Broadly speaking, health librarians strive to support clinical and research activity in health care organizations. We provide library assistance to academic communities (ie. how to find books, connect to online resources) and when library workshops are required for programs and faculties (ie. how to find/use/evaluate information to support learning and research). Students in health libraries learn some of these skills from professional librarians at reference desks and via librarian-led workshops of various kinds. Increasingly, certain library skills are also self-taught through self-pacing web-based library audio and video tutorials.

In many health disciplines, health workers are required to develop critical thinking and evidence-based skills in order to use information sources effectively. As required, health librarians provide assistance to medical, nursing and pharmacy students (as well as students in other health disciplines) in library workshops, at physical and digital reference desks and by using web 2.0 (media literacy) technologies to meet IL learning objectives. In consultation with users groups, health librarians determine the kind of workshops required to support health programs and determine best practices through various quantitative and qualitative methods, and curriculum analysis. (See curriculum mapping)”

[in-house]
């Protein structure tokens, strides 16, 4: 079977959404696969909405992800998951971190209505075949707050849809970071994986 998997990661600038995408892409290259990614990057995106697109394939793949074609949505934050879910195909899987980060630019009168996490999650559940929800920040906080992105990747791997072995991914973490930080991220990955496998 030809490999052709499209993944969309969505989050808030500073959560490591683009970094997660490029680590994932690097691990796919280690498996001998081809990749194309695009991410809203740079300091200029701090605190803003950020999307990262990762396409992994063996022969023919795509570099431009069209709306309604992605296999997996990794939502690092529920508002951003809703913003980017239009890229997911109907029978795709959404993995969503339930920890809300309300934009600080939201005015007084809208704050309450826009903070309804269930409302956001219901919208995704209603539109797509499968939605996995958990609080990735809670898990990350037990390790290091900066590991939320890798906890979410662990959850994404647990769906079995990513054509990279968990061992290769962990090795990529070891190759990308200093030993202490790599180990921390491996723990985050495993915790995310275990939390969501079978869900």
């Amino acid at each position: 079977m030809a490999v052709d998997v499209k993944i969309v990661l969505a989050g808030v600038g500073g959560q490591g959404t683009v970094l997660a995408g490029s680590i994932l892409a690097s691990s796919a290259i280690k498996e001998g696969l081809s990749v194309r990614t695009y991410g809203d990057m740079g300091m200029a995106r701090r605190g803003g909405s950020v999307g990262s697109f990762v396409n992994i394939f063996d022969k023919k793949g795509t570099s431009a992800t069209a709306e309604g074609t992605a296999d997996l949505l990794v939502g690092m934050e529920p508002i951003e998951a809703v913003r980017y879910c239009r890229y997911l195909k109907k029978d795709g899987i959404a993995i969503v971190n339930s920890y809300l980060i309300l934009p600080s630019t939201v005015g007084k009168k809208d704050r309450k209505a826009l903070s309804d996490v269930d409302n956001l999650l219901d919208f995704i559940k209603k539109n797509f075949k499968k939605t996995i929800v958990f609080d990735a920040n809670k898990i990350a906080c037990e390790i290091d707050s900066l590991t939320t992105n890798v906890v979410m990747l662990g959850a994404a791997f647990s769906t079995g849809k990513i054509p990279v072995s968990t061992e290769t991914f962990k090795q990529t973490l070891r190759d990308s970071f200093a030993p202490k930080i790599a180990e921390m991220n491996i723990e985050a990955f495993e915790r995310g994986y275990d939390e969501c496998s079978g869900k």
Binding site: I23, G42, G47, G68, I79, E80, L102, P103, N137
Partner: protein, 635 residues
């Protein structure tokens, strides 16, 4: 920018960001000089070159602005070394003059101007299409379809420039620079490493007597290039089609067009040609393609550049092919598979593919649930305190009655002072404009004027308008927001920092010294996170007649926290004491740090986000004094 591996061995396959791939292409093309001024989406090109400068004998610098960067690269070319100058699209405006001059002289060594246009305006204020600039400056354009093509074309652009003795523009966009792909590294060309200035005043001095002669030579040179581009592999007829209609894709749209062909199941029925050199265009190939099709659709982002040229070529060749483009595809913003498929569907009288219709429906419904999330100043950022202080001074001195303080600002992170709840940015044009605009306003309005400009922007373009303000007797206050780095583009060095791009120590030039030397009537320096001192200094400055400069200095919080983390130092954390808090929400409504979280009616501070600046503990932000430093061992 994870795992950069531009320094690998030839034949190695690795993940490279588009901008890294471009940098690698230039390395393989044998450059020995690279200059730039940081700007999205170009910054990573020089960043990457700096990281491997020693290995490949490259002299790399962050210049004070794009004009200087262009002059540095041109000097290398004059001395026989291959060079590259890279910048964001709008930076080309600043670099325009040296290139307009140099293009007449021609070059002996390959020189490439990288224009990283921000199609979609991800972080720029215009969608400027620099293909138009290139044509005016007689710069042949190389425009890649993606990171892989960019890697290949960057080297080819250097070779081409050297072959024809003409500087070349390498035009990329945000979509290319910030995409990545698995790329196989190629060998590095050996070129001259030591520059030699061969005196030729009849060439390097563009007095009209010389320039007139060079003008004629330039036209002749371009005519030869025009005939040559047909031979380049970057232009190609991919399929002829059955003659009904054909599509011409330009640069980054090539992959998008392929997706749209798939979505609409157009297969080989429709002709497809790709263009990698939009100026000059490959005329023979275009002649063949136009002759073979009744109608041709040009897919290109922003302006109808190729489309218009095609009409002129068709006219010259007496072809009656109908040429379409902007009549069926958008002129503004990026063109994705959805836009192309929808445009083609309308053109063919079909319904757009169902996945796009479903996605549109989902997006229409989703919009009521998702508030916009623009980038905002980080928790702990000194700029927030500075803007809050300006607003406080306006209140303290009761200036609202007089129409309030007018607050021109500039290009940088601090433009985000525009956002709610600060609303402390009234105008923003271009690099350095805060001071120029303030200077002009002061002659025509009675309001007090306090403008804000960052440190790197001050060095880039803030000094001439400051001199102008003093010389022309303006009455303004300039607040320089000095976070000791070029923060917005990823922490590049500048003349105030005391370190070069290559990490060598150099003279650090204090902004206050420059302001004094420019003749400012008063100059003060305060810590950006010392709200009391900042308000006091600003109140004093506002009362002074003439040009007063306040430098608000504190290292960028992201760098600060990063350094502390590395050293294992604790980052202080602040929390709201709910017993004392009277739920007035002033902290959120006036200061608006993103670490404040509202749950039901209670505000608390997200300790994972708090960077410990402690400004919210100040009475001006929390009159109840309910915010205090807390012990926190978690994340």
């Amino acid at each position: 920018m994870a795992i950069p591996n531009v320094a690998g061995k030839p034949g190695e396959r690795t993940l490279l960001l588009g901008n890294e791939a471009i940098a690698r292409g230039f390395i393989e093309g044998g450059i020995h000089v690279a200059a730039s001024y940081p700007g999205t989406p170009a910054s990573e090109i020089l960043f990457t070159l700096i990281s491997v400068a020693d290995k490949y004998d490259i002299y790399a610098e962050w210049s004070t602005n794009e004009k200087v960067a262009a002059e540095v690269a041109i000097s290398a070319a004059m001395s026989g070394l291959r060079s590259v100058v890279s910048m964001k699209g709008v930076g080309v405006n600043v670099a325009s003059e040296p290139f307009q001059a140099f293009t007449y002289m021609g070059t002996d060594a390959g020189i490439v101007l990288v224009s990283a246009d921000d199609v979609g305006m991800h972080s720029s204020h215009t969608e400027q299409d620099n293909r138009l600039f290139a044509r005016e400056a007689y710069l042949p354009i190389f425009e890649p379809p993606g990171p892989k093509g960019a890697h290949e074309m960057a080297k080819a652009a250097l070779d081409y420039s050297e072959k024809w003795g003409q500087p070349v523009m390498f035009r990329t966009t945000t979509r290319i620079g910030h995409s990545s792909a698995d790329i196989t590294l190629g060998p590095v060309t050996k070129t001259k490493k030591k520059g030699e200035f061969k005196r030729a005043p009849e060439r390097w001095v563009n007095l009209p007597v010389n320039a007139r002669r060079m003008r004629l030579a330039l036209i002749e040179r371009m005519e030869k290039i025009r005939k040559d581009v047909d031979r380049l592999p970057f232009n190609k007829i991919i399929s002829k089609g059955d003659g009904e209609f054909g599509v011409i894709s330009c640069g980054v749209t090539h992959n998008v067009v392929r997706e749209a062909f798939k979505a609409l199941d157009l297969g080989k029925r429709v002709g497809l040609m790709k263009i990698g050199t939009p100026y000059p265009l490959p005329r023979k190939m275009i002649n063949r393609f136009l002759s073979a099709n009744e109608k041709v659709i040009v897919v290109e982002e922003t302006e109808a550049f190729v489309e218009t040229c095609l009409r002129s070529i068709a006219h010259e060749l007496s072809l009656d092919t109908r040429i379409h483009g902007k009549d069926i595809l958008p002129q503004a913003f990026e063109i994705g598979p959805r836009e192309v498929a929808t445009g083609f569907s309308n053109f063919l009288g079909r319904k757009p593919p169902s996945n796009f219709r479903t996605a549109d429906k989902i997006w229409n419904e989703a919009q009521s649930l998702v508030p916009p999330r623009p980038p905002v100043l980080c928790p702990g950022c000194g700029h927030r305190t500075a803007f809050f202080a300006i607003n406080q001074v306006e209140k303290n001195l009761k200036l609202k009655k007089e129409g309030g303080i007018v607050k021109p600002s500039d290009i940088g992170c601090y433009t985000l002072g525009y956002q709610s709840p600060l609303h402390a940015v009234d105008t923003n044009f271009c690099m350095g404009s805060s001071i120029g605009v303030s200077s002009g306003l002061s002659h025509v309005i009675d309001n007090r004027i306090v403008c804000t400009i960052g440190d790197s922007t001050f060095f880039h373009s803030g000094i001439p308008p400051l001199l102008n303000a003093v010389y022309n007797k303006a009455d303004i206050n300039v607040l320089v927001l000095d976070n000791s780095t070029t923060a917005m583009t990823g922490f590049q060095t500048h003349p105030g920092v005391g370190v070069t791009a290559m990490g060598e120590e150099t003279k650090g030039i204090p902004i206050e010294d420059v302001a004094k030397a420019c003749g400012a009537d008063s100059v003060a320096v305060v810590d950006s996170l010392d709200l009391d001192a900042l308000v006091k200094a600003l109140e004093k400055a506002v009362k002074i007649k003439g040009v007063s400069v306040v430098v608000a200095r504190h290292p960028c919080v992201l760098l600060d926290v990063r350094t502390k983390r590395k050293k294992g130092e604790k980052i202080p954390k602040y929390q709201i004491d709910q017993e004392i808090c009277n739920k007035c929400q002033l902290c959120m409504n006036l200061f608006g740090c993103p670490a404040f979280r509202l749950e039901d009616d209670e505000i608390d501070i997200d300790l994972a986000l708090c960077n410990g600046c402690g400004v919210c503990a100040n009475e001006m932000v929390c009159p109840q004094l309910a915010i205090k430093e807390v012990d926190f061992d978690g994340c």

References
1. ACRL Information Literacy Competency Standards for Higher Education
http://www.ala.org/ala/acrl/acrlstandards/informationliteracycompetency.cfm

2. Medical Library Association. MLANET: Health information literacy task force. http://www.mlanet.org/resources/healthlit/tfhil_info.html

‘My Left SideBar’ – What’s New at GS Blog

From time to time, readers ask me about my top five (5) and ten (10) lists. I will definitely come up with more top ten lists, but in the meantime I have re-aligned my left sidebar to display our top wiki entries. Here, you can link to some excellent scholarly content on the UBC Health Library wiki (getting up to 2000 page views per day, now). I also link to my service to the academic community and teaching.

Notice that my list of teaching activities won’t include presentations at the hospital. Not yet anyway. With residents arriving, there will be too many to list. ~Dean

Google Health – Not Yet For Canadian Consumers

In the midst of MLA, CHLA & CLA conference ‘melee’, I’ve been tracking the launch of Google health. Google-Health.jpgMy spring resolution is to be more charitable to Google, and to be more open to its efforts to help people manage their own (and the world’s) information.